Review Date: April 29, 2001
Released by: VCI
Release date: 12/12/2000
Region 0, NTSC
Widescreen 1.85:1 | 16x9: No
Mario Bava's Sei donne per l'assassino (Blood and Black Lace in English) has been released to DVD thanks to the fine folks at VCI. Finally, Blood and Black Lace has arrived in an uncut form here in the United States. Lets take a closer look at VCI's DVD and see if they did justice to Bava and his legion of fans.
Contessa Cristina (Eva Bartok) runs a fashion house in Italy. She has dozens of models working for her and puts on various fashion shows to display her work. One night one of the models, Isabella (Francesca Ungaro), is chased down and killed by a masked man on her way home. The next day her body is found inside of the fashion house by Cristina. Inspector Sylvester (Thomas Reiner) begins to investigate, questioning everyone at the fashion house and all those associated with Cristina. It seems nearly everyone is a suspect in the Inspector's mind, especially Frank Sacalo (Dante DiPaolo), Isabella's lover.
During the next fashion show a model named Peggy (Mary Arden) finds Isabella's diary hidden away in a box. It seems nearly everyone wants to get their hands on it, but Peggy's keeps it, insisting she'll hand it over to the police. Perhaps there's something in the diary that will reveal the identity of the killer. The fashion show continues, but even before it can end the body count begins to rise as the masked man continues murdering the models. Inspector Sylvester gathers up several male suspects, but not knowing who exactly is the killer he decides to arrest them all for the time being.
While the men are being detained, another model is murdered. The footprints at the murder scene match those found at the other murder scenes. Now, because Inspector Sylvester had them locked away, all the men have an alibi. He's left with no choice but to release them. Once they're released the scandal behind the murders begins to unfold - and it's full of sex, drugs, alcohol, lies and betrayal. The only question that remains is who the real murderer is. But if the current pattern continues, there may not be anyone left before Inspector Sylvester can solve the case.
Another classic Bava film, filled with some genuinely tense moments and beautiful imagery. Bava's incredible use of colors, the beautiful sets and costumes, and even the way the dead bodies appear - are all part of what makes Bava's films so unique and why they have the cult following the do. This isn't some hack horror film like so many that are released today. While the story is so-so and the premise has certainly been used before, Bava's filmmaking techniques and how he implements them on the final film is what makes Blood and Black Lace stand out over others.
While Blood and Black Lace is a good horror movie, I didn't enjoy it as much as Whip and the Body. One reason is because I tend to enjoy ghost stories more than slashers, but also because I feel Whip and the Body was a better story and it has the wonderful Christopher Lee. The acting in Blood and Black Lace is certainly good, but I didn't feel any of the performances equaled Christopher Lee's in Whip and the Body.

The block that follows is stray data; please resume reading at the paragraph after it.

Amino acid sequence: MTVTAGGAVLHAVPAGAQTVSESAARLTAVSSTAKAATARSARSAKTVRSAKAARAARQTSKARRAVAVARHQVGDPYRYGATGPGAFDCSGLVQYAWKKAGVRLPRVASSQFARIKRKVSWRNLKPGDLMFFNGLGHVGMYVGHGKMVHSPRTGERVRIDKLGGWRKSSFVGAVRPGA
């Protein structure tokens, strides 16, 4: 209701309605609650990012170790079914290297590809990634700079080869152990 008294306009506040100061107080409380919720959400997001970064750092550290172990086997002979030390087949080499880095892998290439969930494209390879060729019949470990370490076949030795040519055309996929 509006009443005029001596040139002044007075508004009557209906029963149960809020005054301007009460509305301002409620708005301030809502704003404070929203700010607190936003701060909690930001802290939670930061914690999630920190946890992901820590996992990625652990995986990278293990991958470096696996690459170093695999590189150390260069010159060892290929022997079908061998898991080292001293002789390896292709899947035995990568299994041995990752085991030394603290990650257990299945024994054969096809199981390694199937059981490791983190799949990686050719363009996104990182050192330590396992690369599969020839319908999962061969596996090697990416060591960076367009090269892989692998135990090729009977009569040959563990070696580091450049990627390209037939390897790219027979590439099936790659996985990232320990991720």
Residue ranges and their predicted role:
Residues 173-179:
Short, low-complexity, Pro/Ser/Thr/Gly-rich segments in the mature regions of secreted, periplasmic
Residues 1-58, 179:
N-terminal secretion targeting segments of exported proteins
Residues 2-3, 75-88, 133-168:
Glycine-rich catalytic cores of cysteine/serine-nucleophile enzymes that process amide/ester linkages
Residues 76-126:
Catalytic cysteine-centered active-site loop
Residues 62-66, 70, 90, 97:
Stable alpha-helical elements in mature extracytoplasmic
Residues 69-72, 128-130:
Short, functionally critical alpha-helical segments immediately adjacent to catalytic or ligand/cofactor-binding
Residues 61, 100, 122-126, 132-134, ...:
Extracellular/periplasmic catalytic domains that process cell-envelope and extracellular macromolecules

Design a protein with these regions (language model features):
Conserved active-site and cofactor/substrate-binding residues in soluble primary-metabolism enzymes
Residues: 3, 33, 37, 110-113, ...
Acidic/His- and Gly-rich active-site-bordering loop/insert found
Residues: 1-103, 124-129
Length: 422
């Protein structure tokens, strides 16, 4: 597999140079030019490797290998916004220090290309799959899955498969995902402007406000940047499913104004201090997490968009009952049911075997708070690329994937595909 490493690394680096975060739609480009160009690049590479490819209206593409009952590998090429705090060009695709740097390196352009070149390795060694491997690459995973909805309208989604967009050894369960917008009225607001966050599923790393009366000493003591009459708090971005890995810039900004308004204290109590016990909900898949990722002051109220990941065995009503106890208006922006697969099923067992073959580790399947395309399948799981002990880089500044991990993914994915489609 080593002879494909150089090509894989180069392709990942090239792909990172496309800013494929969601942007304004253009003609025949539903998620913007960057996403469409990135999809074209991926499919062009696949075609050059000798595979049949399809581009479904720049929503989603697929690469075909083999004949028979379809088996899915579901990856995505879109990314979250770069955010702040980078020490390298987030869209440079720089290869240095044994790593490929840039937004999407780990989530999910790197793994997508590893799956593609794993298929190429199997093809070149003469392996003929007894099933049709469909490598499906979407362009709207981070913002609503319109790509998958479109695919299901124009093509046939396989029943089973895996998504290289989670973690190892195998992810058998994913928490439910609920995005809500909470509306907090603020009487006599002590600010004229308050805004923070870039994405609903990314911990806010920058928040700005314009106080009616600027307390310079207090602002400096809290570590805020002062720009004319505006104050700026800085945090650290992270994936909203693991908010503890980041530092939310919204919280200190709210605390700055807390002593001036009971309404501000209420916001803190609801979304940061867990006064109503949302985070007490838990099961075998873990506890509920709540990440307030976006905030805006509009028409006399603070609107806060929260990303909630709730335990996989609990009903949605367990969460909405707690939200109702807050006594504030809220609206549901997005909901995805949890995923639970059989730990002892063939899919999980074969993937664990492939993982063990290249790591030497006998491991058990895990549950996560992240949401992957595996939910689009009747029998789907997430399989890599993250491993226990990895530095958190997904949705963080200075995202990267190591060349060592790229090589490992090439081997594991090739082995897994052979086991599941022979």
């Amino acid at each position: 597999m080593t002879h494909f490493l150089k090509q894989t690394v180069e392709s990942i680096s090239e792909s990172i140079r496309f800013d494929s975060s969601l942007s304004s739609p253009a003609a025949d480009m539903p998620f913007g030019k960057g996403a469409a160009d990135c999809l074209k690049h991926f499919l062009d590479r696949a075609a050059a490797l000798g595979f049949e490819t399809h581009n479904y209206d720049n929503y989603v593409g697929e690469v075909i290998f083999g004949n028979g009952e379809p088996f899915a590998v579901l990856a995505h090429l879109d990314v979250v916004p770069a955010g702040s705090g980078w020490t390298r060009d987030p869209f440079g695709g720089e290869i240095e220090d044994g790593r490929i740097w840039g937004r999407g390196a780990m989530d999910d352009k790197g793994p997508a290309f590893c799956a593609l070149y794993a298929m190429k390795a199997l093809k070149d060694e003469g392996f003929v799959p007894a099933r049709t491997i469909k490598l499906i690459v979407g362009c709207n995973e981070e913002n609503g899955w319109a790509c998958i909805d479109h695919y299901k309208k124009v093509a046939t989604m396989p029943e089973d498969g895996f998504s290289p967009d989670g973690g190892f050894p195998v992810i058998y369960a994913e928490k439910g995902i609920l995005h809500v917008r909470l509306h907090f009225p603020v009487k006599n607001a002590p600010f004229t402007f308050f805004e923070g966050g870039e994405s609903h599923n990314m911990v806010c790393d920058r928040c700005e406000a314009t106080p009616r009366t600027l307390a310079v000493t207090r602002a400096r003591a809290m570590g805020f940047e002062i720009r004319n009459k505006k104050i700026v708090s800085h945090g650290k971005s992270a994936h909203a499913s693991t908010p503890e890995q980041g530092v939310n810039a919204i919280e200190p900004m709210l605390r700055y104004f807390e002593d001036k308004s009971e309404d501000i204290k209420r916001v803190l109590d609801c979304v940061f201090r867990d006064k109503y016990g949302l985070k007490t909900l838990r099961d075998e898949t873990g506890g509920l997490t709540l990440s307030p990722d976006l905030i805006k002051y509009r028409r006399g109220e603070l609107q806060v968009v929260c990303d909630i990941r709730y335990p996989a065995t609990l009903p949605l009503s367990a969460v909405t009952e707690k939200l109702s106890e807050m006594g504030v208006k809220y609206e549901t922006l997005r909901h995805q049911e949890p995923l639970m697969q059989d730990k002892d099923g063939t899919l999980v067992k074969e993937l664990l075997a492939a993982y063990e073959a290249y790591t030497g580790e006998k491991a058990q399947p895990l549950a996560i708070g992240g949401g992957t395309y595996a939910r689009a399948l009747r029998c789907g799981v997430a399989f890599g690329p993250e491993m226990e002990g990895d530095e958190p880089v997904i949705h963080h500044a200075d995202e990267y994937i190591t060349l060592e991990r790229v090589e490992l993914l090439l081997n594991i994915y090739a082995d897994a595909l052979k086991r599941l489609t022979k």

In the end, I think many horror fans will enjoy Blood and Black Lace. It may not be particularly heavy on gore, but it is heavy on style and atmosphere. There are lots of great looking killings - making it one of the first "body count" movies - no doubt something that many of you will enjoy. Plus, VCI has presented it uncut, including scenes that have long since been missing from past video and laserdisc releases. One example being the closeup shot of one of the dead models face, with blood clouding up in the water. It's a cool shot and I'm glad VCI was able to include it on the DVD. Bava fan or not - this is another to add to your "must see" list.
VCI presents Blood and Black Lace in a non-anamorphic widescreen transfer in its original 1.66:1 aspect ratio. Once again VCI has done a wonderful job on the transfer, which only has a few minor problems. There are a few print blemishes that appear - some dirt and a few vertical black lines showing up occasionally. The image does appear to be a tad too bright, though it's really only somewhat noticeable on black colors during the nighttime scenes. Some minor grain is visible during some of the darker scenes, and white specks occasionally pop up at various spots as well. The image is sharp overall, with only a few scenes appearing a bit soft. The strong and vivid colors on this DVD really help to showcase Bava's marvelous use of colors in so many scenes throughout the film. Flesh tones appeared accurate at all times. Again, I need to reiterate that all the problems I mention here are small problems that are not persistent or distracting. I'm very impressed with the transfer, which I'm rating a B+.